Shock claim about cops in Lehrmann case
Bruce Lehrmann’s barrister says he was told by a senior police officer that he believed the former political staffer was not guilty, an inquiry has been told.
Defence barrister Steven Whybrow SC made the claim in a statement tendered to an inquiry into the criminal justice system’s handling of the high-profile case.
Mr Lehrmann pleaded not guilty to one charge of sexually assaulting his former colleague Ms Higgins before the trial was aborted due to jury misconduct.
Mr Lehrmann has continually denied the allegation and the DPP declined to pursue a second trial due to concerns over Ms Higgins’ mental health and dropped the charges.
Mr Whybrow said Detective Inspector Marcus Boorman told him that if the jury returned a guilty verdict that he would resign.
“On 25 October 2022, DI Boorman sent me a message asking if I could have a chat over a coffee, which I agreed to do,” Mr Whybrow said in his signed statement.
“When I saw him, he appeared to me to be anxious and agitated and concerned we not be seen speaking together in direct line of sight of the (Director of Public Prosecutions).
“... DI Boorman indicated to me that he was quite distressed about this prosecution and considered that Mr Lehrmann was innocent.
“He made several other comments along these lines and I recall he said words to the effect ‘if the jury comes back with a guilty verdict, I’m resigning’.”
Mr Whybrow said he had “never before had a conversation with a police officer who had indicated that they were going to resign because they had been ordered to prosecute someone they considered was innocent.”
Mr Whybrow also said in his statement that Director of Public Prosecutions Shane Drumgold SC had referred to Inspector Boorman and another senior officer, Detective Superintendent Scott Moller, as “boofheads”.
Mr Whybrow said the comments were made by Mr Drumgold during the trial as they were discussing whether they would be required to give evidence.
“Mr Drumgold SC approached me and, in the context of a discussion as to what evidence might be led from DI Boorman or DS Moller, said words to the following effect: ‘Any opinion by those boofheads about the strength of this case is not admissible’.” Mr Whybrow said.
Mr Drumgold is the first witness to appear before the inquiry and has spent the last two days in the witness box.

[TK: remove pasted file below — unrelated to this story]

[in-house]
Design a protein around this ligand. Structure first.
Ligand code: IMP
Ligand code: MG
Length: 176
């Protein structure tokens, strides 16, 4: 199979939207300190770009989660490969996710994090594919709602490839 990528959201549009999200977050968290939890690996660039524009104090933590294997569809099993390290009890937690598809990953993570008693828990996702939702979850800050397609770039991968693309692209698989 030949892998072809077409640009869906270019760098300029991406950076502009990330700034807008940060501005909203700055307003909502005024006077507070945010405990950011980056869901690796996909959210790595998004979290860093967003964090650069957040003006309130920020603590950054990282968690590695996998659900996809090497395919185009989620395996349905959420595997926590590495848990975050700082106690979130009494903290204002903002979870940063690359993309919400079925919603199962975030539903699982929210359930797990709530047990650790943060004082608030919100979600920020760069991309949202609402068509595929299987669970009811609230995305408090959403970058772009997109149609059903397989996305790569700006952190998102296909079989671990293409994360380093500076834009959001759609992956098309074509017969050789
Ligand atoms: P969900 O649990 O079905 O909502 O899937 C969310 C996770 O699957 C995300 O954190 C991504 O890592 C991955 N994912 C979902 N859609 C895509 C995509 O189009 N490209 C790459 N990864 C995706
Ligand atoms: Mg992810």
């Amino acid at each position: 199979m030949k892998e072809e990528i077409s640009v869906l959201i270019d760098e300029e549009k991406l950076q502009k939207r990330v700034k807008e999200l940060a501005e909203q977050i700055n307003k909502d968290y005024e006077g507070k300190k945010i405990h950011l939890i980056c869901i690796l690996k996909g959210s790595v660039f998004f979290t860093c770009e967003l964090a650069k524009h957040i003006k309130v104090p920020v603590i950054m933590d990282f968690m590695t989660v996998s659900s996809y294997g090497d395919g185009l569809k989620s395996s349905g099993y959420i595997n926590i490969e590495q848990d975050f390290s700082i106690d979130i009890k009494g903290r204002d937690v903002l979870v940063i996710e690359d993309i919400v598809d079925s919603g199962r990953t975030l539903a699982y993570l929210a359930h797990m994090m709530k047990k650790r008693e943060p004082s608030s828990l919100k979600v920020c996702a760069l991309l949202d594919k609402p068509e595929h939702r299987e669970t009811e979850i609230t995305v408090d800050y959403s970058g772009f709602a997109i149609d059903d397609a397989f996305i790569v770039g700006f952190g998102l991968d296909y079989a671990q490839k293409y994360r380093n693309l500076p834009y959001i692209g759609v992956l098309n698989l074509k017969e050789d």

The ACT’s top prosecutor told the inquiry that documents which could have been “crushing” to Ms Higgins were not deliberately withheld from Mr Lehrmann’s defence because of his concerns over them.
Mr Drumgold was on Tuesday questioned by counsel assisting the inquiry, Erin Longbottom KC, why he made a submission that an investigative review document fell under legal professional privilege and should not be provided to the defence.
“Clearly error, clearly error,” Mr Drumgold said, saying he mistakenly believed it was contained within the brief of evidence.
The investigative review documents contained criticism of Ms Higgins by police, the inquiry was told.
Mr Drumgold was asked by Ms Longbottom whether he felt “frustration” that the documents had been produced in response to a subpoena.
“I don’t recall feeling frustration at it,” Mr Drumgold said.
“It’s clear that the document showed a strong bias as a discrete document.”
When pressed on whether he was concerned about it being given to the defence, Mr Drumgold said he was concerned it could be harmful to Ms Higgins.
“Well, I didn’t think it should fall into (the defence’s) hands because essentially it says a senior police officer through a stereotype, bias analysis has drawn particular conclusions about a complainant,” Mr Drumgold said.
“I mean it’s potentially terribly harmful to a complainant if that document finds its way into a court.”
Mr Drumgold said he was concerned it could be “crushing” to Ms Higgins.
“Well, I had some concerns this would be crushing to the complainant,” Mr Drumgold told the inquiry.
When asked if his opinion about the “crushing” nature of the documents formed part of his opposition to its disclosure, he said: “I don’t think so. I mean it features nowhere in my submissions, my thought processes were in my submissions.”
Mr Lehrmann, who is not expected to provide evidence to the inquiry.